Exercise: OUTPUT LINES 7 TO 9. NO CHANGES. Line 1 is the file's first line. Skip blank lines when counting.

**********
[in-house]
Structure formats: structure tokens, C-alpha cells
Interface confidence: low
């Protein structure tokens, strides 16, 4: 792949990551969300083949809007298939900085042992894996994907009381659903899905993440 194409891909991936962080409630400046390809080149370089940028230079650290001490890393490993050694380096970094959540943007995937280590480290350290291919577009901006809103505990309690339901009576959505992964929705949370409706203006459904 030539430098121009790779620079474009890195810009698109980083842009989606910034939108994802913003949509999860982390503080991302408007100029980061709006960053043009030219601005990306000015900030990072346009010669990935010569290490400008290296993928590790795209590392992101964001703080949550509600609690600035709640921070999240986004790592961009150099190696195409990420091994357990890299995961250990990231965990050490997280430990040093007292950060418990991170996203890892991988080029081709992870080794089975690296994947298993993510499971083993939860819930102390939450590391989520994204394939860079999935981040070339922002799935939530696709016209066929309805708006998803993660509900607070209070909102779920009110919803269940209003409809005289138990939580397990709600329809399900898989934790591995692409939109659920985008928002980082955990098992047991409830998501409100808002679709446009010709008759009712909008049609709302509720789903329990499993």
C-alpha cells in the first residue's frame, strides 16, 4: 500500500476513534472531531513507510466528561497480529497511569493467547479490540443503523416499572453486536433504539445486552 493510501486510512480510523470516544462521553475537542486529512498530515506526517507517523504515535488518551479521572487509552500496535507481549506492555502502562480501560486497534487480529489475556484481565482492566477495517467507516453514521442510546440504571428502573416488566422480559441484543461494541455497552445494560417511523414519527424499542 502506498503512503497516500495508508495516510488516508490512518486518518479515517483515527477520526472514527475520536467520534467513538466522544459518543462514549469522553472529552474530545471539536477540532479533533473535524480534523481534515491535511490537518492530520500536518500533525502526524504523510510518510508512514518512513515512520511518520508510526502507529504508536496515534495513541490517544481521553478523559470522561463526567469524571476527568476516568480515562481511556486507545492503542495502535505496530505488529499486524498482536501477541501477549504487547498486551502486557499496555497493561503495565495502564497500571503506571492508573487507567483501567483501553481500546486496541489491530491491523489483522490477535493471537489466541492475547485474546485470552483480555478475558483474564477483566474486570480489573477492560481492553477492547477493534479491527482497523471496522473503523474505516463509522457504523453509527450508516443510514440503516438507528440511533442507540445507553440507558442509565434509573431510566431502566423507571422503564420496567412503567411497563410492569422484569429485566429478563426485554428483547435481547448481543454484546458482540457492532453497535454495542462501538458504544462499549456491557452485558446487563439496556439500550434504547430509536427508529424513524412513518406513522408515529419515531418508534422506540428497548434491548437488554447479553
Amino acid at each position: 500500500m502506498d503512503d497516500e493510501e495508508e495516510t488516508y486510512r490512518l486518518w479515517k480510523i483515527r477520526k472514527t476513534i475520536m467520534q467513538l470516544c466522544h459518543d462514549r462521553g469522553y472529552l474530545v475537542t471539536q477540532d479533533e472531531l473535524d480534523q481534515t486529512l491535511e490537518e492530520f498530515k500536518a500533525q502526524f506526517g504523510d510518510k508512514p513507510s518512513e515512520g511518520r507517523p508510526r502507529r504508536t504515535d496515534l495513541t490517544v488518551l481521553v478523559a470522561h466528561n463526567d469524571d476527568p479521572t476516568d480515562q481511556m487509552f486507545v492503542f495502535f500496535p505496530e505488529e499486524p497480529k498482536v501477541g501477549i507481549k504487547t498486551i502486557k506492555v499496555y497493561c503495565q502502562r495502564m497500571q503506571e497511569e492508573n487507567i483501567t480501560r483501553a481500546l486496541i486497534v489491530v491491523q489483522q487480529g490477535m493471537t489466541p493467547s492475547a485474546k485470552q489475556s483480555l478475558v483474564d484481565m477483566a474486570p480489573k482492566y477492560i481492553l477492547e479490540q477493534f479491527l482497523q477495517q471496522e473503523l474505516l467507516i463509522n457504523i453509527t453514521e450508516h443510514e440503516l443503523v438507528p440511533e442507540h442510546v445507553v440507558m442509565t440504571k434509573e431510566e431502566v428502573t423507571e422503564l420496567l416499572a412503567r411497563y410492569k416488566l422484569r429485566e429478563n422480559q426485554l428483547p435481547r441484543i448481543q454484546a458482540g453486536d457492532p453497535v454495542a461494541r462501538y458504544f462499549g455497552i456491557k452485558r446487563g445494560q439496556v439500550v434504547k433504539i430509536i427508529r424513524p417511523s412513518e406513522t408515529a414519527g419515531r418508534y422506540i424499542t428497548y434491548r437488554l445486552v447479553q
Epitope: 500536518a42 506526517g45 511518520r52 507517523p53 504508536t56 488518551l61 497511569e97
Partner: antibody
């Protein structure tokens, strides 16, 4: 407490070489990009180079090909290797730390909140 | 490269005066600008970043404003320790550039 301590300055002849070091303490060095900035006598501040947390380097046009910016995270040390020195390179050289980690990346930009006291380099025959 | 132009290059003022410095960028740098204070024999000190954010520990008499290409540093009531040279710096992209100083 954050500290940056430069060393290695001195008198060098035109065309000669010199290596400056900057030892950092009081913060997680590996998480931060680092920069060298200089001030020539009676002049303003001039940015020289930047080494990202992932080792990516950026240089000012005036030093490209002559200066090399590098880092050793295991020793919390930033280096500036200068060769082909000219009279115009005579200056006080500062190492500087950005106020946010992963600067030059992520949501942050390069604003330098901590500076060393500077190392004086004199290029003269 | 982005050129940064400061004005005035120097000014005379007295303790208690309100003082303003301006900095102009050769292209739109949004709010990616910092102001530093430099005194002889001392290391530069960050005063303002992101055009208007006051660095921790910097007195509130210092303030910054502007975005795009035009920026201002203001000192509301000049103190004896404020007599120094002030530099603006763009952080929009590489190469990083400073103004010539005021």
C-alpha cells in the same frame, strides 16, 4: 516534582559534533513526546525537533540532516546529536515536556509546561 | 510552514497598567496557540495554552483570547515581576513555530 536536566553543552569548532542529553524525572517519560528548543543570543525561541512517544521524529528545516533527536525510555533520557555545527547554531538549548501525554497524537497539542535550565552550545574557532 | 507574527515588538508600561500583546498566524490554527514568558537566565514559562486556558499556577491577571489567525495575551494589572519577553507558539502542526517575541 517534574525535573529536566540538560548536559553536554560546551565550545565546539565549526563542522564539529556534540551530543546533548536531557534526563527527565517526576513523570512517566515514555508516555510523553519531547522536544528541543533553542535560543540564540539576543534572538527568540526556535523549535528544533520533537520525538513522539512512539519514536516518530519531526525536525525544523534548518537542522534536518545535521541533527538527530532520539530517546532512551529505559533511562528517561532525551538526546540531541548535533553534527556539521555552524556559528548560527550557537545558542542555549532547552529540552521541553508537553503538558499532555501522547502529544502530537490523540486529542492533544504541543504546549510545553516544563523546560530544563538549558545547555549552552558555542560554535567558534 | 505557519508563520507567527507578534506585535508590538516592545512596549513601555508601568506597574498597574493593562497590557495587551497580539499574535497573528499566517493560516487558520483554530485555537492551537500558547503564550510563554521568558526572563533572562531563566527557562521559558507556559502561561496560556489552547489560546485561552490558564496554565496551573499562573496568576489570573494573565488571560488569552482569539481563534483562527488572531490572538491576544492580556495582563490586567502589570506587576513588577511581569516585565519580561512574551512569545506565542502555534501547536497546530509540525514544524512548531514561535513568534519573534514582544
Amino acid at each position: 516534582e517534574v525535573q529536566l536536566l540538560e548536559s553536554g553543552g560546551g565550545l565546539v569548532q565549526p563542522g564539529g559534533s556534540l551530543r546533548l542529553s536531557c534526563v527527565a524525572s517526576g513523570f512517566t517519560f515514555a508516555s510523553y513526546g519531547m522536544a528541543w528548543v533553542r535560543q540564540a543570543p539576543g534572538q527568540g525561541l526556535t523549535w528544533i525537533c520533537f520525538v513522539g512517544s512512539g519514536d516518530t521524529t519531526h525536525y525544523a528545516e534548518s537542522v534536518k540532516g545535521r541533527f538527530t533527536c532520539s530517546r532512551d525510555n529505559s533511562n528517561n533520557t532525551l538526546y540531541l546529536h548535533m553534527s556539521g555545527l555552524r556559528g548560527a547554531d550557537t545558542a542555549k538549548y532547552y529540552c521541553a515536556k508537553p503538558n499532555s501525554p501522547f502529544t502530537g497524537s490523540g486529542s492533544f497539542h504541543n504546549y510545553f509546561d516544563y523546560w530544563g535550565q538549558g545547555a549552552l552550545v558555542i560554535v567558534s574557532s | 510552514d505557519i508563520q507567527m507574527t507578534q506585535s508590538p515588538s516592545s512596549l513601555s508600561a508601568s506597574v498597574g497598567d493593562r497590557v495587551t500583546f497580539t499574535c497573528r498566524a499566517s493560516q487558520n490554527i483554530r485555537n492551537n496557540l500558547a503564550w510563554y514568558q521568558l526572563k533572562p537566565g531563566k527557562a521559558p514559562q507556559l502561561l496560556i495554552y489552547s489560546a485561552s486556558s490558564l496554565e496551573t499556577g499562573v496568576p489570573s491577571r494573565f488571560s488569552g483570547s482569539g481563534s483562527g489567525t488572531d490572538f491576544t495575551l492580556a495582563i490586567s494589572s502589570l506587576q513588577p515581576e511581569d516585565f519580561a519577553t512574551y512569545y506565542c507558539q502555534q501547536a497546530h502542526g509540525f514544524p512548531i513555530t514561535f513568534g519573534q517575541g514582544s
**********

Epitope: 500536518a42 506526517g45 511518520r52 507517523p53 504508536t56 488518551l61 497511569e97
Partner: antibody
């Protein structure tokens, strides 16, 4: 407490070489990009180079090909290797730390909140 | 490269005066600008970043404003320790550039 301590300055002849070091303490060095900035006598501040947390380097046009910016995270040390020195390179050289980690990346930009006291380099025959 | 132009290059003022410095960028740098204070024999000190954010520990008499290409540093009531040279710096992209100083 954050500290940056430069060393290695001195008198060098035109065309000669010199290596400056900057030892950092009081913060997680590996998480931060680092920069060298200089001030020539009676002049303003001039940015020289930047080494990202992932080792990516950026240089000012005036030093490209002559200066090399590098880092050793295991020793919390930033280096500036200068060769082909000219009279115009005579200056006080500062190492500087950005106020946010992963600067030059992520949501942050390069604003330098901590500076060393500077190392004086004199290029003269 | 982005050129940064400061004005005035120097000014005379007295303790208690309100003082303003301006900095102009050769292209739109949004709010990616910092102001530093430099005194002889001392290391530069960050005063303002992101055009208007006051660095921790910097007195509130210092303030910054502007975005795009035009920026201002203001000192509301000049103190004896404020007599120094002030530099603006763009952080929009590489190469990083400073103004010539005021």